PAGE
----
Portugal: 5 Reasons Why It’s Still a World Beater
The country may be out of the World Cup, but Portugal has many reasons to be cheerful. Rent a car in Portugal and enjoy superb beaches, excellent seafood, glorious light, and incredible value for money. In case you need further convincing, we’ve picked out our latest Portuguese faves:
Hire a car in Lisbon and discover a city in the throes of rebirth. In mid-2012, Lisbon’s main square, Praça do Comércio was revealed in all its restored glory. Commonly known as Terreiro do Paço because it lies on the site of the Paços da Ribeira (Royal Ribeira Palace), which was flattened by the devastating 1755 Lisbon Earthquake, this magnificent plaza beside the Tagus river now has a shiny new cultural centre and a selection of restaurants, bars and shops.
Highlights include the Beer Museum, which outlines the various stages of the brewing cycle (tastings included) and the Lisbon Story Centre, a cutting-edge interactive exhibit that takes an hour to illustrate the fascinating history of Lisbon down through the centuries.
Get a flavour of Lisbon’s multicultural personality with a visit to the fusion market at Martim Moniz square. It nestles at the heart of Mouraria, a melting pot that remained neglected and run down for years until the intercultural market was opened in the summer of 2012. You can now browse food stalls that serve dishes from places as diverse as Goa and Angola. Live music and other performances are regular features.
Once you taste Portuguese seafood, it’s easy to see why Portugal eats the most fish in Europe (and it’s number four in the world). Fish is cooked in every conceivable way, with grilling, poaching, deep-frying, and stewing (cataplana) among the most popular methods. Cod (bacalhau) is the fish of choice, and popular wisdom has it that there are more ways to cook it than there are days in the year.
When you rent a car in the Algarve, you’ll find great fish restaurants on every corner. In Lagos, we love the aptly named Casinha do Petisco (it means “little house of delicious morsels”) , tucked down a side street, with clusters of tables laden with traditional Algarve specialties, including cataplana and steamed clams.
Then there is Taverna do Guedes in Alvor, another traditional restaurant serving perfectly cooked, glistening fish at great prices. Try the fish cataplana. In Aljezur, grab a table at O Sítio do Rio, which serves stellar food at cheap prices.
When in Lisbon, we love Cervejaria Ramiro on Avenida Almirante Reis. This is quite simply the best seafood restaurant in Lisbon. Don’t expect to linger over your meal, however; the demand for tables is so great, there’s little time for appreciating the juicy clams and giant shrimps.
The Rota Vicentina creates a new playground for outdoor lovers, with more than 340 kilometres of walking, trekking, cycling, and horse riding trails carved out along the pristine southwest coast of Portugal. Running from Santiago do Cacém in the north to Cabo de San Vicente in the south, the trail skirts protected natural areas in the Algarve, giving you breathtaking, panoramic views of the coast and introducing you to charming country villages.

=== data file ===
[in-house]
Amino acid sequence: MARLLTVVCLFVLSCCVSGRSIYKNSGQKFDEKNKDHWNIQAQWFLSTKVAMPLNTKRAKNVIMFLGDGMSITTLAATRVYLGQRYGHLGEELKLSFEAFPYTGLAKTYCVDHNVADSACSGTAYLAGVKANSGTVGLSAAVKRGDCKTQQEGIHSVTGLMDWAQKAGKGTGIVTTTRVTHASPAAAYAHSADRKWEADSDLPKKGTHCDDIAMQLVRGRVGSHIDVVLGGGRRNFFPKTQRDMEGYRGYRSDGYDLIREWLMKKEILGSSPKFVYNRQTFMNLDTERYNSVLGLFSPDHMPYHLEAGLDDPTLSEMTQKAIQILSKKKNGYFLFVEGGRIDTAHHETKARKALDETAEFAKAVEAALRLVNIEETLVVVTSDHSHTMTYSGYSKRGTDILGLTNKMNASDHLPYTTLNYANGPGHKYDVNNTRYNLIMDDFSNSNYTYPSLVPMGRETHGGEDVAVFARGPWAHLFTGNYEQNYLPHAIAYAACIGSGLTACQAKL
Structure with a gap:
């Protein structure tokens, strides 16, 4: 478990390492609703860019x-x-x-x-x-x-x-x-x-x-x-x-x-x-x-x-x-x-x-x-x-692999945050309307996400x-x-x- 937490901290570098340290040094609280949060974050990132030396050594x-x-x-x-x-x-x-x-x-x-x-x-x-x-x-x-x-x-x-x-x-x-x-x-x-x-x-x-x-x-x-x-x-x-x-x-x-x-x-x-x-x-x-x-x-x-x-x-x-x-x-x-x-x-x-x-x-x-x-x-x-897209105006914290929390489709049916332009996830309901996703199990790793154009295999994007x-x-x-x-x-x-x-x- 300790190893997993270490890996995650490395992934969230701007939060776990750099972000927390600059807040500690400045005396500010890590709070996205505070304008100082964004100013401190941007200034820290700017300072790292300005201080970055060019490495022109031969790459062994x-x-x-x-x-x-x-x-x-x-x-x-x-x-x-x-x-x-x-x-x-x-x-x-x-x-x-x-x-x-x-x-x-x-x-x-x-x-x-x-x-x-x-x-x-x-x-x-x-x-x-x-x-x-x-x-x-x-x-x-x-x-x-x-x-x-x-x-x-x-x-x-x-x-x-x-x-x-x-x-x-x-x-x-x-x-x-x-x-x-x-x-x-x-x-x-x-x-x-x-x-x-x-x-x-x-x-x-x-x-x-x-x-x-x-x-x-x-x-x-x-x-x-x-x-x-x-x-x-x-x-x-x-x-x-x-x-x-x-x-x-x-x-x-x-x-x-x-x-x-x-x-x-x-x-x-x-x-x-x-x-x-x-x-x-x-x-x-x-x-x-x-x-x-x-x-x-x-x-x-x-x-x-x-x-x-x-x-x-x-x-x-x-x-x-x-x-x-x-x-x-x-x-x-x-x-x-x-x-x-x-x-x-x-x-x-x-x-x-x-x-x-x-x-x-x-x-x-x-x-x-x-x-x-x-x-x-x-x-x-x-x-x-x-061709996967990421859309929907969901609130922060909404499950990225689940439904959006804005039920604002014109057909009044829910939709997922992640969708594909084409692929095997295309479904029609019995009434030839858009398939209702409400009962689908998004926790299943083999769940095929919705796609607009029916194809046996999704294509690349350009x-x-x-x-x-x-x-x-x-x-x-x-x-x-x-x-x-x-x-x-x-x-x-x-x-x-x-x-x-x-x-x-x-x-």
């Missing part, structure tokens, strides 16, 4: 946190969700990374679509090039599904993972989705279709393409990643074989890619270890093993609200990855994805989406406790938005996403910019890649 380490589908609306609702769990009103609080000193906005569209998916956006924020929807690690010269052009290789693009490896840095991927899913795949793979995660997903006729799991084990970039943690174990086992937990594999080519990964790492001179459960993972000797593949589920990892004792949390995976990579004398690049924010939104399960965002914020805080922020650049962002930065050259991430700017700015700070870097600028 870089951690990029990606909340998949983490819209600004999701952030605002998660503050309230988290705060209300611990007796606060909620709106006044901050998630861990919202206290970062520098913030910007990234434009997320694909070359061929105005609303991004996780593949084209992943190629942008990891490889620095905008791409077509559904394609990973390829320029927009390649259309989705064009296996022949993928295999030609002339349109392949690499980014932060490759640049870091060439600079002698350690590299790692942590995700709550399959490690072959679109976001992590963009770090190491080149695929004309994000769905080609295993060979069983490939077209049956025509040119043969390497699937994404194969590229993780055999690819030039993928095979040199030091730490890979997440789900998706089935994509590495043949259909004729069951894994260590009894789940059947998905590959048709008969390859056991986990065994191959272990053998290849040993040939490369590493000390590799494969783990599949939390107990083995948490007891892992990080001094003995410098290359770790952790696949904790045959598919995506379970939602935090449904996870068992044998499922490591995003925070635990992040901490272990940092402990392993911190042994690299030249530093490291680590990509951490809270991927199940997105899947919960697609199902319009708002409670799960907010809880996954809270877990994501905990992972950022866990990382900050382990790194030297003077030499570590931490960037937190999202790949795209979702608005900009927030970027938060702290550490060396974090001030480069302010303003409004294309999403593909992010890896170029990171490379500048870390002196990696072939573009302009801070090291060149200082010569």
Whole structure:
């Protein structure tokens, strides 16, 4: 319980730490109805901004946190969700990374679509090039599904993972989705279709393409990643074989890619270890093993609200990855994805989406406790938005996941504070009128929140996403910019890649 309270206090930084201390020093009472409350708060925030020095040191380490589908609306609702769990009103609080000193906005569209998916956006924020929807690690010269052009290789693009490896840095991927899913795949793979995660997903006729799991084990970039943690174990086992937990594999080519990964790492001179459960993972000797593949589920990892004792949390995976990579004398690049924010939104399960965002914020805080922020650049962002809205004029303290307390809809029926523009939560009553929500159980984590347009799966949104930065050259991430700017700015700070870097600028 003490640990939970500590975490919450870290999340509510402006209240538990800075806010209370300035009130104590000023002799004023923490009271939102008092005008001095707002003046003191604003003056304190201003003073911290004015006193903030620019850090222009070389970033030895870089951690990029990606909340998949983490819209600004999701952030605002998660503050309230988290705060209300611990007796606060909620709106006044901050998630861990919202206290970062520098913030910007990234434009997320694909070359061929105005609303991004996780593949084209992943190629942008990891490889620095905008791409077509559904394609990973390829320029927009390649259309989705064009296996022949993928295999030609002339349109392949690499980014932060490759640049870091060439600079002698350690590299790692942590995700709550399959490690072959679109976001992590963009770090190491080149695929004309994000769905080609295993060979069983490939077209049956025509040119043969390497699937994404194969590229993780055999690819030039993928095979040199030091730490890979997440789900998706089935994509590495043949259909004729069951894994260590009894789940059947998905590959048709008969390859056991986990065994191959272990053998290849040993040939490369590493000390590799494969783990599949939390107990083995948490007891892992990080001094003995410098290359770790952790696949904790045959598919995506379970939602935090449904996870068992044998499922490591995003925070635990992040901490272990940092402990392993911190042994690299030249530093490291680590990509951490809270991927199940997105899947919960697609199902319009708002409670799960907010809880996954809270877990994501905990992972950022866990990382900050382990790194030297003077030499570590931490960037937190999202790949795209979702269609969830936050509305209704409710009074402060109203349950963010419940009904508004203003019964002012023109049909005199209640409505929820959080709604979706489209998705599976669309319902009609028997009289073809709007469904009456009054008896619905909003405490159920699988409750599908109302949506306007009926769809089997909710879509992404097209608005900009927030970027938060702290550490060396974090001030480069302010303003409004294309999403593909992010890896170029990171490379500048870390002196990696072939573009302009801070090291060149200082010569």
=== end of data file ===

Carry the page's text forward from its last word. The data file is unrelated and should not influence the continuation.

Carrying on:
The Vicentine trail traces a route historically used by shepherds and fishermen to travel the southwest coast of Alentejo and the western Algarve. You can hike along the Historical Way, through cork forests, meadows, and heath, or the Fisherman’s Trail, along a craggy coastline scattered with spectacular limestone cliffs. There are more than 30 inns and lodges along the route, several restaurants serving local specialties, and various activities and attractions to enjoy. The initiative is fostered by Casas Brancas, a non-profit sustainable tourism association that works closely with local communities.
If Portugal had a theme tune, it would be fado music. Granted UNESCO World Heritage status in 2011, fado is a musical genre that was born in Lisbon, and, with its melancholic, proud, and haunting sound, symbolises both the city and the country.
If you want to discover the background to this expressive tradition, visit the Fado Museum in the historic Lisbon district of Alfama, where you’ll find an enormous collection dating from the start of the 19th century to contemporary times.
You can also visit the home of the icon of fado music, Amália, also in the Alfama district. Amália was responsible for introducing fado to a wider audience, across Europe, captivating audiences with her charismatic stage presence and innate sense of drama.
The only way to truly appreciate fado, however, is to hear it live. Even today the best fado houses in Lisbon are in the Alfama, Bairro Alto and Mouraria districts. Go for a meal in many restaurants around these areas and you are quite likely to hear live fado while you eat. Some of the best female fado performers – including Raquel Tavares and Ana Moura – perform at Casa de Linhares, Beco dos Armazéns do Linho, 2.
They’re hardly a new addition to the menu of Portugal’s top attractions, but the beaches of the Algarve region are too delicious to leave out of any list of Portuguese highlights. And if you think Algarve beaches are all about tightly packed hordes of lobster-red tourists, hawkers, and tacky bars, think again.
Undiscovered jewels include Praia de Albandeira, 30km west of Albufeira. Completely off the tourist track, this is a miniature wonder of white sand framed by russet rocks. You won’t find jet skis or sunbeds here, so make the most of the serenity and simply lounge in the sun or retreat to the shade of the cliffs.
If you’d like something a little less isolated, there is Praia do Anção, 30km east of Albufeira. A boundless sweep of golden sand beloved by families, it offers tranquil waters, lifeguards, and a backdrop of dunes. The beach is an extension of the one at Quinta do Lago, with access via a rough track and free parking. You can rent sunbeds, parasols, and boats, and the more active can enjoy water-skiing.